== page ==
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Seven Ways to Talk to Your Patients about Cost of Care

Out-of-pocket costs have skyrocketed in the past decade. In 2006, only 4% of people with private insurance were enrolled in high-deductible health plans. By 2018, that number was 29%.

Photo by: Karolina Grabowska

The Senate moved forward last week with The Lower Health Care Costs Act, a sweeping, bipartisan bill that seeks to address surprise medical billing, increase cost transparency, and lower drug prices. For millions of people in this country, such reform is sorely needed: Over a quarter of Americans have trouble paying their medical bills, preventing patients from getting the care they need.

Affordability is hardly a new problem, but out-of-pocket costs have skyrocketed in the past decade. In 2006, only 4% of people with private insurance were enrolled in high-deductible health plans. By 2018, that number had risen to 29%. And out-of-pocket costs pose trouble for publicly insured people, too. For example, Medicare beneficiaries with cancer and no supplemental insurance face average out-of-pocket costs of $8,115 per year. High out-of-pocket expenses are tied to delayed or forgone care, lower adherence, and higher mortality.

Senators are hoping to put The Lower Health Care Costs Act up for a vote before their recess next month. But in the meantime, research from the Annals of Internal Medicine reveals several ways clinicians can help patients navigate the process of paying for their often costly care.

  1. Ask Your Patient

Many physicians report initiating cost-of-care conversations only when they sense patients are struggling financially, relying instead on “clues” like poorly controlled symptoms or care delays. That’s a problem since patients with affordability concerns are often reluctant to bring them up. Consider it part of your job to screen for financial hardship.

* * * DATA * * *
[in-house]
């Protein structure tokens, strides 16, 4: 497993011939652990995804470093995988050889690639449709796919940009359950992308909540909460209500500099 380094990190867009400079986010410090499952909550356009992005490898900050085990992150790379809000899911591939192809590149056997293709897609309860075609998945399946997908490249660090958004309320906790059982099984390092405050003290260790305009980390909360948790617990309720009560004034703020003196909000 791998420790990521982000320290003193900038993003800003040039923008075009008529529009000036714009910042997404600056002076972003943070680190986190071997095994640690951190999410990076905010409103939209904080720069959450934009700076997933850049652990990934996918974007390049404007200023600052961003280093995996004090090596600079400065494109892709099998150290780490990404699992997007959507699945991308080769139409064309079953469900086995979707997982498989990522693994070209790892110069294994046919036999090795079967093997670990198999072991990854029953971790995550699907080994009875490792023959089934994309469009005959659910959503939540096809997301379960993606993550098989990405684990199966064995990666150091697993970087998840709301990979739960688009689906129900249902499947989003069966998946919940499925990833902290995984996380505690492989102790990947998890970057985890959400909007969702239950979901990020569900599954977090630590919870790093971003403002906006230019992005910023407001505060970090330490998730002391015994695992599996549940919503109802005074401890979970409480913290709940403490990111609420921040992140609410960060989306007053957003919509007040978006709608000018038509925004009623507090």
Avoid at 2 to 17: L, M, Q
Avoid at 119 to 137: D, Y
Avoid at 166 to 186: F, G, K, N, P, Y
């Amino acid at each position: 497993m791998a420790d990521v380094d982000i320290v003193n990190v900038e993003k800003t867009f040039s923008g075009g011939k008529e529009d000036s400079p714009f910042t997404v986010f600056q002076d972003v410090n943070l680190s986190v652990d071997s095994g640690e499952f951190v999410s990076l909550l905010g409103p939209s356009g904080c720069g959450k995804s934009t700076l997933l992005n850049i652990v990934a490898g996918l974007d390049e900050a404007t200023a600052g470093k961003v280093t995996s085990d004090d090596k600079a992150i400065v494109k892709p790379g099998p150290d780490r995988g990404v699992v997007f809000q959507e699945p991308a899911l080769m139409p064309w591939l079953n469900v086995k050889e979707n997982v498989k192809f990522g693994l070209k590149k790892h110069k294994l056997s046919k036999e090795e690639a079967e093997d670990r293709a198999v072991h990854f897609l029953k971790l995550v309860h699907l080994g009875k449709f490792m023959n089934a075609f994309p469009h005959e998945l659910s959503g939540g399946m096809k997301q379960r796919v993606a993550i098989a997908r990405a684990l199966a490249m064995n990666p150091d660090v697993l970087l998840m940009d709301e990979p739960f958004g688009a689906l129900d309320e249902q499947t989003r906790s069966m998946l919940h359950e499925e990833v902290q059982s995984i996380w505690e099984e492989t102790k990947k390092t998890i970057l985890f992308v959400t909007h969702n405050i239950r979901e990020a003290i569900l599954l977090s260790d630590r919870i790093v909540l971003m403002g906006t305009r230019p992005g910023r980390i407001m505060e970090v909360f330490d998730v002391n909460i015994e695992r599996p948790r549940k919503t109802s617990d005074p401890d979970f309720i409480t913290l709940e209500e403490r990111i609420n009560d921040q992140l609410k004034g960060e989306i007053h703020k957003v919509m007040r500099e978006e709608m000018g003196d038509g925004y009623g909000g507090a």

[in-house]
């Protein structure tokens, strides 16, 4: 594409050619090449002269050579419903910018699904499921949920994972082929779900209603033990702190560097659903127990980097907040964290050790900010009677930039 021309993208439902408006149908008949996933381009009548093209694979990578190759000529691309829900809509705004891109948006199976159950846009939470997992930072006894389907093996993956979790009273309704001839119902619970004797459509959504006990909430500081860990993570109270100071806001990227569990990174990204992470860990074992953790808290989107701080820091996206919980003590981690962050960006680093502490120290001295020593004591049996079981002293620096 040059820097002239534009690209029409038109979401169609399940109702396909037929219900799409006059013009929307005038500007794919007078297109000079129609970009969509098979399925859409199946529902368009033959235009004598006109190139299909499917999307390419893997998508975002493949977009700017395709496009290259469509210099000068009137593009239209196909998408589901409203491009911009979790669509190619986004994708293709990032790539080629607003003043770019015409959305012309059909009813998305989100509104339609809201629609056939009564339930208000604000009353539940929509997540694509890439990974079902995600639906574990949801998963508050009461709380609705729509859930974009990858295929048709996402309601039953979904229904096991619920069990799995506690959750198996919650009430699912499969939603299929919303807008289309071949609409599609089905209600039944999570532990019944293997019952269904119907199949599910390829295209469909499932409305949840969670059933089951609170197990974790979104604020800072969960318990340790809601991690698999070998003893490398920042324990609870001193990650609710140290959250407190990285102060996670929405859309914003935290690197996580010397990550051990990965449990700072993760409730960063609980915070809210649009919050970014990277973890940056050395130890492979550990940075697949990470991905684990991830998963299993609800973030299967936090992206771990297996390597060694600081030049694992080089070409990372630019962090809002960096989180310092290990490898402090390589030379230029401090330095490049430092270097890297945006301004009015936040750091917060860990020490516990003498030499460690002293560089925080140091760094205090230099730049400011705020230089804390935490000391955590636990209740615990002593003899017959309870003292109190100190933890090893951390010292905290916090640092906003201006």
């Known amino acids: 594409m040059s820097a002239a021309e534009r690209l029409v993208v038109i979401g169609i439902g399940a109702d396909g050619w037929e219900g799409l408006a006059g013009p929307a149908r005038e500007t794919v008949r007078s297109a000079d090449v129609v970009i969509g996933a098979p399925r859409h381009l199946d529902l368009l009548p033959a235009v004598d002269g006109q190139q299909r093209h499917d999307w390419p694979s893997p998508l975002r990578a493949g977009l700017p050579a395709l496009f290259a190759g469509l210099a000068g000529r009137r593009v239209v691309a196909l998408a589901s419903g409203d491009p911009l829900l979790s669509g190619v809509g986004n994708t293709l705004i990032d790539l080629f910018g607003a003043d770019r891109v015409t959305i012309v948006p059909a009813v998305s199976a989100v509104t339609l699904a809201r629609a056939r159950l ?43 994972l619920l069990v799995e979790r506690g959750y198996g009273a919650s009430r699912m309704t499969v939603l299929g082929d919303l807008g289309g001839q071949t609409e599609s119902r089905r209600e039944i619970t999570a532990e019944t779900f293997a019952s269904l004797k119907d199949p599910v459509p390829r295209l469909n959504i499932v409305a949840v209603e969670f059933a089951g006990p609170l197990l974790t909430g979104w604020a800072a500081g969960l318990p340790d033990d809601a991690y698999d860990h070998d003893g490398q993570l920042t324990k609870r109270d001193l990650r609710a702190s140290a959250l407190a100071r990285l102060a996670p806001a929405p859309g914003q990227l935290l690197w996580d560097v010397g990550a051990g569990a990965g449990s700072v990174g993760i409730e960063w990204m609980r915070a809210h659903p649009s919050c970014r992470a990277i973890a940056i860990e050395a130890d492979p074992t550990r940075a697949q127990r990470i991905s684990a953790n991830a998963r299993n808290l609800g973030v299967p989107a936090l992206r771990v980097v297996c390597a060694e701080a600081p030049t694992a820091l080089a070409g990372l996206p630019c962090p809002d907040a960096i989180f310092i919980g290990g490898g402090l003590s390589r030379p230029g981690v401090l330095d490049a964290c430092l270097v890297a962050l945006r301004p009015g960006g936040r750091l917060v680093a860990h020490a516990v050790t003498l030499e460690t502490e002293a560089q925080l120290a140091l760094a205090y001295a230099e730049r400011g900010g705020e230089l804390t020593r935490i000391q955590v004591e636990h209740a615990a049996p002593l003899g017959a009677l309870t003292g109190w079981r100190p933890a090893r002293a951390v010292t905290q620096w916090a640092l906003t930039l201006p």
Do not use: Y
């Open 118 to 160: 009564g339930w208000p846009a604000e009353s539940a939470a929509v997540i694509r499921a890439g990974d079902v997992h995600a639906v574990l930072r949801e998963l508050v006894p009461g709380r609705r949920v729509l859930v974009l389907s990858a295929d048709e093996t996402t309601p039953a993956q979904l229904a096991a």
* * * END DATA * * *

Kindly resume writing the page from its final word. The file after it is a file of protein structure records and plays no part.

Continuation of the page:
1. Discuss Cost Prognosis

Practitioners are charged with providing patients with as much information as possible about their treatment, which should include cost. Multiple studies show that patients want regular cost-of-care conversations. While physicians sometimes worry that talking about financials might deter patients from seeking or pursuing care, the opposite is often true: Cost-of-care conversations enable patients to better plan for expensive treatments, which can increase their adherence.

  1. Anticipate Costs

Physicians often dismiss cost-of-care conversations because of the difficulty of predicting the costs of procedures, diagnostic tests, and drugs. But, according to one study, many patients are mainly concerned with the indirect costs of appointments, such as transportation, child care, and lost income. Many of these costs can often be anticipated and planned for as long as doctors are willing to have frank conversations with their patients.  

  1. Make Cost-of-Care Conversations Systematic and Routine

Incorporating a cost-of-care conversation screening system into staff workflow can help determine the existence of financial hardship, alleviate the shame many patients feel about their financial difficulties, and clarify who patients feel most comfortable speaking to. In one study where such a system was implemented, providers became more comfortable having cost-of-care conversations, and patients became less concerned about the costs themselves.

  1. Find a System That Works for You

There are multiple ways to integrate cost-of-care conversation into your practice. In one study, for example, clinic staff suggested three effective methods for doing so: Charging a single staff member to solve out-of-pocket cost problems so they can develop expertise and efficiency; using the electronic health record (EHR) to document patients’ financial needs; and using the EHR to collect available data on costs and insurance coverage. Trial and error can help determine the best strategies for you and your team.

  1. Get Your Staff Involved

As important as developing a system for cost-of-care conversations is, practitioners don’t always have to take the lead. Other staff — medical assistants, financial counselors, and administrators — can be equally effective. Studies show that many patients are happy to speak with ancillary staff about costs.

  1. Practice Makes Perfect

Studies show that clinicians get better at cost-of-care conversations the more they have them. Moreover, they also consider costs more often when making medical decisions, and those who use online tools, such as, develop expertise with them.

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